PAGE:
Opioid and benzodiazepine misuse and abuse has increased dramatically in recent years. Despite precipitous increases in overdoses and rising misuse, the role that physicians play in inappropriate prescribing remains understudied. However, 34% of individuals who misused prescription medications obtained them directly from a single doctor. Network-based models, which analyze how the structure of social relations shape norms and behaviors, have successfully been used to understand physician behavior and change physician practices. Applying network methods to inappropriate prescribing will move surveillance beyond patient-based algorithms to physician prescribing patterns and norms. This reorientation has the potential to help identify physicians who are at risk of inappropriate prescribing, understand how these tendencies correlate with their network positions, and design network-based interventions to reduce the spread of prescription drug abuse. In this study, we aim to: (1) Examine the association between social network position, physician characteristics, and different forms of inappropriate prescribing and co-prescribing; (2) Use network and behavior co-evolution models to analyze the role of social influence in the diffusion of inappropriate prescribing practices; (3) Compare the relative effectiveness of insurance network optimization to eliminate inappropriate prescribers, Prescription Drug Monitoring Programs, and insurance formulary restrictions. We will draw on prescriptions of benzodiazepines and opioids from IMS Health's LRx database between January 1, 2005 and December 31, 2016. The 2009 data covered 224,140,604 unique patients, 916,338 prescribers, encompassing 135 million opioid prescriptions and 46 million benzodiazepine prescriptions. We will augment the LRx data with Medicaid Managed Care claims from three states. Using IMS and Medicaid data, we will construct longitudinal physician referral networks. The proposed analyses using this data will provide greater insight into how social network position and social influence can be leveraged to combat inappropriate prescribing of controlled substances. Physicians are uniquely positioned to help end the prescription drug epidemic. Past research indicates that changing prescribing behavior will require interventions targeted at groups of physicians, rather than individuals, since prescribing norms are reinforced in communities of practice. Our study will strengthen efforts to better understand prescription drug abuse and lead to actionable recommendations that public and private stakeholders, as well as payers can take to reduce the rate of inappropriate prescribing through improved detection algorithms, more efficient targeting of policies and educational efforts, and new policies.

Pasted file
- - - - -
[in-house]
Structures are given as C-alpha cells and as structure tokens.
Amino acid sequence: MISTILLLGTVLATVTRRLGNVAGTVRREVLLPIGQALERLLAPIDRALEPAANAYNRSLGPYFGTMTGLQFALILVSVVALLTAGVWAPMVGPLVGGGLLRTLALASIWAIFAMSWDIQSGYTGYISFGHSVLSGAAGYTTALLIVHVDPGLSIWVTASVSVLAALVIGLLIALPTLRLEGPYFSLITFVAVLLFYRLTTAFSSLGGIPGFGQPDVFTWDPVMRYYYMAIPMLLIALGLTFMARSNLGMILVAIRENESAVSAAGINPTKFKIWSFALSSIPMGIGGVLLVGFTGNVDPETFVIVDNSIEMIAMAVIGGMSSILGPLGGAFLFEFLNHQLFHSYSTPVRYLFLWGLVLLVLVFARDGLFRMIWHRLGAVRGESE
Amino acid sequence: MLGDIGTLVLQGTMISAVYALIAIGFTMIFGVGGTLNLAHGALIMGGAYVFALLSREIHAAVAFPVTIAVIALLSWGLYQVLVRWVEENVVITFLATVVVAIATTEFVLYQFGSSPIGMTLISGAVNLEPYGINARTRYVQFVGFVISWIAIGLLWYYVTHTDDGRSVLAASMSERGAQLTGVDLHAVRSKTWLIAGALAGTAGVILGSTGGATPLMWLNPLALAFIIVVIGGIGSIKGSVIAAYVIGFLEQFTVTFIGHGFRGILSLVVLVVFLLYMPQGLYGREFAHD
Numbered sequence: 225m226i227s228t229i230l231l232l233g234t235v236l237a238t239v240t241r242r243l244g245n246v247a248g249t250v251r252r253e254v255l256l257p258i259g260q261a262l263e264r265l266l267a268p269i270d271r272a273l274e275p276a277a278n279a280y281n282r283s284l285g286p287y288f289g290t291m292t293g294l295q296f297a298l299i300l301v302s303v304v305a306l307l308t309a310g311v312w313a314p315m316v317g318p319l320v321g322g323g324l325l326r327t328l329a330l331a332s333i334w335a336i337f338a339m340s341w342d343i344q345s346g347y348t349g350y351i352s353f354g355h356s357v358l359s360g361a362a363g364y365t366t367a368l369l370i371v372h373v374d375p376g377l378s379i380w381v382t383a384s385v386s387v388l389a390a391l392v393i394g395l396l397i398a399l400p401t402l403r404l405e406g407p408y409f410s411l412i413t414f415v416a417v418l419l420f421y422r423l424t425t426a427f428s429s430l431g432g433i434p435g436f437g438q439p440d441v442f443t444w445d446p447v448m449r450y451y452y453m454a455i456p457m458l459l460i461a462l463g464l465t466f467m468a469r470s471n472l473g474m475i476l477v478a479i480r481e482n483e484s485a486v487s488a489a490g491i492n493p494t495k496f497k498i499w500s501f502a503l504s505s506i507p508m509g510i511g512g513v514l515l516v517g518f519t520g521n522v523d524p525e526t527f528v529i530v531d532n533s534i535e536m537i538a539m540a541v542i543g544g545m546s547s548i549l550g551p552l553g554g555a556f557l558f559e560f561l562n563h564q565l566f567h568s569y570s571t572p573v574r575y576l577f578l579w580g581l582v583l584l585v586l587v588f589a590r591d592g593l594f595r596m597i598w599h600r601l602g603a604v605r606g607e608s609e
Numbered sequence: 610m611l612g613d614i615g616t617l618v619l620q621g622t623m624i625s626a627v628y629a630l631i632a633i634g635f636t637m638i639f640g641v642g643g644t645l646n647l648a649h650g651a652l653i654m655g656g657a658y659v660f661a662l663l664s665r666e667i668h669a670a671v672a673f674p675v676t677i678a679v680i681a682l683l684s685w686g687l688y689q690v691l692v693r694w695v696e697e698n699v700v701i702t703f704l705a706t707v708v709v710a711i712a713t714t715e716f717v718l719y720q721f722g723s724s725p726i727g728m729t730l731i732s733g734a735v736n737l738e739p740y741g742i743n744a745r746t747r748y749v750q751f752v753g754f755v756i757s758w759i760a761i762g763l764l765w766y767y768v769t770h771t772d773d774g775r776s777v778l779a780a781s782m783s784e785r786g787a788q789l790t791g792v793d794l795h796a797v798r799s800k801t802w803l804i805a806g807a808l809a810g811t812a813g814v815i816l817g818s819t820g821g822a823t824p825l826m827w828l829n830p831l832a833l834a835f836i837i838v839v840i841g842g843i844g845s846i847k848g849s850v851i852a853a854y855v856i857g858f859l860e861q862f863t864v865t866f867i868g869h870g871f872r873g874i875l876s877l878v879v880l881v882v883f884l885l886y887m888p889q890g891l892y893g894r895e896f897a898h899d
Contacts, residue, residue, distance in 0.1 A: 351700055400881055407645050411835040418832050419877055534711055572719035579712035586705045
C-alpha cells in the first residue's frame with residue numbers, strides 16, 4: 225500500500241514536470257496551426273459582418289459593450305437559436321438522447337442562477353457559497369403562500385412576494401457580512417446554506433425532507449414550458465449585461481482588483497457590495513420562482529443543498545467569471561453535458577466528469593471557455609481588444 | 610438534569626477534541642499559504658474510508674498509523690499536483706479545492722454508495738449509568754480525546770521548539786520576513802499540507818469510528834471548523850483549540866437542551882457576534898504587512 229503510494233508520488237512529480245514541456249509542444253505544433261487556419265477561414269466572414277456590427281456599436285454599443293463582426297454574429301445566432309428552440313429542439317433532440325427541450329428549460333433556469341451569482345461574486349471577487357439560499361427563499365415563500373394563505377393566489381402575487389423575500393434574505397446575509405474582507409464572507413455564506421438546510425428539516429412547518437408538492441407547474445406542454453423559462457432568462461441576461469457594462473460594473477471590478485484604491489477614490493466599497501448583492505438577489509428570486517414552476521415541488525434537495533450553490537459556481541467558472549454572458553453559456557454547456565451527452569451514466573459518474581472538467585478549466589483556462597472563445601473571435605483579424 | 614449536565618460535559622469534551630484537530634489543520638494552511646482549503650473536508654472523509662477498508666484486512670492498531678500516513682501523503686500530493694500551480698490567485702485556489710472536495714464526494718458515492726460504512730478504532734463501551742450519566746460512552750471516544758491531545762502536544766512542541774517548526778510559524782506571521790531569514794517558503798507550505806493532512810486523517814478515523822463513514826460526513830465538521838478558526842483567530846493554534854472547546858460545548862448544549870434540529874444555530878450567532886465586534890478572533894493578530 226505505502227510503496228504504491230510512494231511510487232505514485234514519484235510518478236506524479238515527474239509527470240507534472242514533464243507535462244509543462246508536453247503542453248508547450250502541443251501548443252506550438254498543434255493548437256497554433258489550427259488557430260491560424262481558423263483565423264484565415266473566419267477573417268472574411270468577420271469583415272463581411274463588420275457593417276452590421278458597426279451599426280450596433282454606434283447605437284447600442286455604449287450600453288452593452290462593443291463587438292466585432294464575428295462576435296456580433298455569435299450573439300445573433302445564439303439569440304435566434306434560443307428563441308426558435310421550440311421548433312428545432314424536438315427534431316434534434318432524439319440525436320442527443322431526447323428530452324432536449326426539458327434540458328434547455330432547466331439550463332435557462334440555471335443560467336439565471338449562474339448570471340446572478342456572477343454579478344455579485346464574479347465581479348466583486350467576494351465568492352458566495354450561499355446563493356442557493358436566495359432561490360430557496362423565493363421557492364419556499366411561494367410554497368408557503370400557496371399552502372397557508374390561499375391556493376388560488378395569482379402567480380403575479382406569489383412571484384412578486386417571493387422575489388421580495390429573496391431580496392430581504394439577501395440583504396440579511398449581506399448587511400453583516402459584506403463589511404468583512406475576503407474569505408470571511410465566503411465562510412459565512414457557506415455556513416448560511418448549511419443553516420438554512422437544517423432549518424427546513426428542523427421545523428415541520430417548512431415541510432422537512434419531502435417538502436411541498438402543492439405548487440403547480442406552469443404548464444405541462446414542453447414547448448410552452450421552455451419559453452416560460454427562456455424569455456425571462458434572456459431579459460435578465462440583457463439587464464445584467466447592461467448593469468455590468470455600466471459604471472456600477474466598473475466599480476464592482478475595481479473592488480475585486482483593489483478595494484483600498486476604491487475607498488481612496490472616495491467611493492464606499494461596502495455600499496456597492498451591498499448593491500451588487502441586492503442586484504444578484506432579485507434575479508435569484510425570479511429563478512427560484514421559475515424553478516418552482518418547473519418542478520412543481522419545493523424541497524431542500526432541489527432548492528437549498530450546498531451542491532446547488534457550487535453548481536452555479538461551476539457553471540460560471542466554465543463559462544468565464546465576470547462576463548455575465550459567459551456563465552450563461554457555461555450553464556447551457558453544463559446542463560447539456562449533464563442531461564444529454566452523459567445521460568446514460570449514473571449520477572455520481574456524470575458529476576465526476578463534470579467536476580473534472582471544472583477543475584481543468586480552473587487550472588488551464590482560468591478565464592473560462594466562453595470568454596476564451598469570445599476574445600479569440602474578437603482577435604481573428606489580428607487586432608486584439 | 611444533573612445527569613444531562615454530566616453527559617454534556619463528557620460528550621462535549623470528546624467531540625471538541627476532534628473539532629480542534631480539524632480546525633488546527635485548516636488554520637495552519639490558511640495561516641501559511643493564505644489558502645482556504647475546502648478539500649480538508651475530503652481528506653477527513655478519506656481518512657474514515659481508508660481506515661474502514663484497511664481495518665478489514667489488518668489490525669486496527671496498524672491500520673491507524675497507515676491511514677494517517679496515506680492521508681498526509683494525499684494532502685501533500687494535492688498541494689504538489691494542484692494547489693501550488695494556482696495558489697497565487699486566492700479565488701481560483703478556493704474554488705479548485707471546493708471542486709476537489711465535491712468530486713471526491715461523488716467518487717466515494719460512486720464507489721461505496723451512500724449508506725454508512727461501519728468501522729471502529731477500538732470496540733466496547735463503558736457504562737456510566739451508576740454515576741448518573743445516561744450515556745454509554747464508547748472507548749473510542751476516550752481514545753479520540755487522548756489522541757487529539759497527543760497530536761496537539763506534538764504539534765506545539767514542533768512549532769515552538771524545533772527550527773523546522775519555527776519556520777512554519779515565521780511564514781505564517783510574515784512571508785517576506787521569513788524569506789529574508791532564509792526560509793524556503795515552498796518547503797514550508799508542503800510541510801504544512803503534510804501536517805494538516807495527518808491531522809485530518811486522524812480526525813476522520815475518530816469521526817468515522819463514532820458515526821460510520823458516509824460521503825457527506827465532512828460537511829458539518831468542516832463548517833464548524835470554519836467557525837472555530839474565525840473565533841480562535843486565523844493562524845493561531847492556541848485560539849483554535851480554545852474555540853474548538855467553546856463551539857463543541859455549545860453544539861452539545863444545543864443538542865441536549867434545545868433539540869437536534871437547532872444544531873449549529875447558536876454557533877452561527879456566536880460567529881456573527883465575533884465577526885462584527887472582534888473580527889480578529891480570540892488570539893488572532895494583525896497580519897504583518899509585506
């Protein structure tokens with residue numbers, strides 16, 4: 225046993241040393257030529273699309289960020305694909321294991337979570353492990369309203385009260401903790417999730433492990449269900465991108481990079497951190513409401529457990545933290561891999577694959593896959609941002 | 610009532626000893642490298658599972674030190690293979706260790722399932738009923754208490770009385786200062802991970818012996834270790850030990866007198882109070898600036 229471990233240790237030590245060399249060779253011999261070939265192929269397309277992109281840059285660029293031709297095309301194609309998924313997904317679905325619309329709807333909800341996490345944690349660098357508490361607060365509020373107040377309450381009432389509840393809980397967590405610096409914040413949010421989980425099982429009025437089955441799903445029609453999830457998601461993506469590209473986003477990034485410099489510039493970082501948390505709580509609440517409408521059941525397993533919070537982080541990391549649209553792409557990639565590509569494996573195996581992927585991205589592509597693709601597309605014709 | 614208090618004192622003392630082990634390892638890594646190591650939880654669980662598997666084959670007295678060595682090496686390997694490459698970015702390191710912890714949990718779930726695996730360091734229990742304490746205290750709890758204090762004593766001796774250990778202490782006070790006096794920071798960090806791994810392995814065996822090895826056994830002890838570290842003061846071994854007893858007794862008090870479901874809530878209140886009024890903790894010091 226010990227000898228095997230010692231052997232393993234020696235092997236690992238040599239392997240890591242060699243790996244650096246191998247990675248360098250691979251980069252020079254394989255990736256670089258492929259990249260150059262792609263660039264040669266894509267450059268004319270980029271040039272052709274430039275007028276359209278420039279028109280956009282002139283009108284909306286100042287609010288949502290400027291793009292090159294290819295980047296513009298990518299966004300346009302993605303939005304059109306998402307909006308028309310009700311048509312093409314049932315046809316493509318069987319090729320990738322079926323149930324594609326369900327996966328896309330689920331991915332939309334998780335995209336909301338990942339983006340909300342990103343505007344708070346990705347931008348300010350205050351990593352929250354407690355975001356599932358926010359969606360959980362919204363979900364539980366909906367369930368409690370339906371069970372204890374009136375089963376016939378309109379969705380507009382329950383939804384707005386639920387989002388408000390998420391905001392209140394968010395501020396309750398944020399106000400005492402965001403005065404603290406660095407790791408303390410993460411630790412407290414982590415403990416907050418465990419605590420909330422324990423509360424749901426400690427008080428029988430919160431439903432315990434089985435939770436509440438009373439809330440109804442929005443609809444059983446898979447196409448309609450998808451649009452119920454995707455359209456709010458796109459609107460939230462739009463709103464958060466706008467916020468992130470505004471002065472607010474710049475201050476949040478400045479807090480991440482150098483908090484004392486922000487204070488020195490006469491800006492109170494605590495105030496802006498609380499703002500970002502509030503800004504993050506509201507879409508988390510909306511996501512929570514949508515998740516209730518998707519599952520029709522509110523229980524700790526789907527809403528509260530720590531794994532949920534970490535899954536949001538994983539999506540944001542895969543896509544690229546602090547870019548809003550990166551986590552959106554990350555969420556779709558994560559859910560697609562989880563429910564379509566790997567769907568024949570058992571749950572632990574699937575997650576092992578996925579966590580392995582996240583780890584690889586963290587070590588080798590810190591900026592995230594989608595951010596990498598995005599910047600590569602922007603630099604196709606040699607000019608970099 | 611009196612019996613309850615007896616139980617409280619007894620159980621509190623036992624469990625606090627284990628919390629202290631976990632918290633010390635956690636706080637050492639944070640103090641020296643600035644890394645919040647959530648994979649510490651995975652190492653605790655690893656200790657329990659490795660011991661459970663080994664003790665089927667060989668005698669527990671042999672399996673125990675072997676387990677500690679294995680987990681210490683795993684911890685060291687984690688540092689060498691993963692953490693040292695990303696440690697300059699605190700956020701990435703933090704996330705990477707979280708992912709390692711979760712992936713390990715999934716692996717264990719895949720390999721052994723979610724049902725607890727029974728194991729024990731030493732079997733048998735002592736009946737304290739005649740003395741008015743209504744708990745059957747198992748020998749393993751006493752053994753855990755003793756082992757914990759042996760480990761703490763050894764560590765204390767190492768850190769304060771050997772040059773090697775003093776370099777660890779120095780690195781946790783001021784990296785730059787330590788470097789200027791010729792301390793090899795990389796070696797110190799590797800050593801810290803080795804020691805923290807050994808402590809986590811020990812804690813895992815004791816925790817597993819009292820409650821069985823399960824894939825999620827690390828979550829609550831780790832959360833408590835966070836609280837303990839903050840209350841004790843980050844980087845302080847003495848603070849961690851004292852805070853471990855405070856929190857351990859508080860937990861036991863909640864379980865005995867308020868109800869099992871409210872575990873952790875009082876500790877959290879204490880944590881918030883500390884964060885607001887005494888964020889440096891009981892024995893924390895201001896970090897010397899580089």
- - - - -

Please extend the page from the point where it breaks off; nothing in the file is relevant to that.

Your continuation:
In recent years, there has been increased public concern over nonmedical use of prescription drugs. This project examines the role of physician networks and social influence in inappropriate prescribing of opioids and benzodiazepines. Our study will strength efforts to better understand prescription drug abuse and lead to actionable recommendations that public and private stakeholders can take to reduce the rate of inappropriate prescribing through improved detection algorithms, more efficient targeting of policies and educational efforts, and new interventions.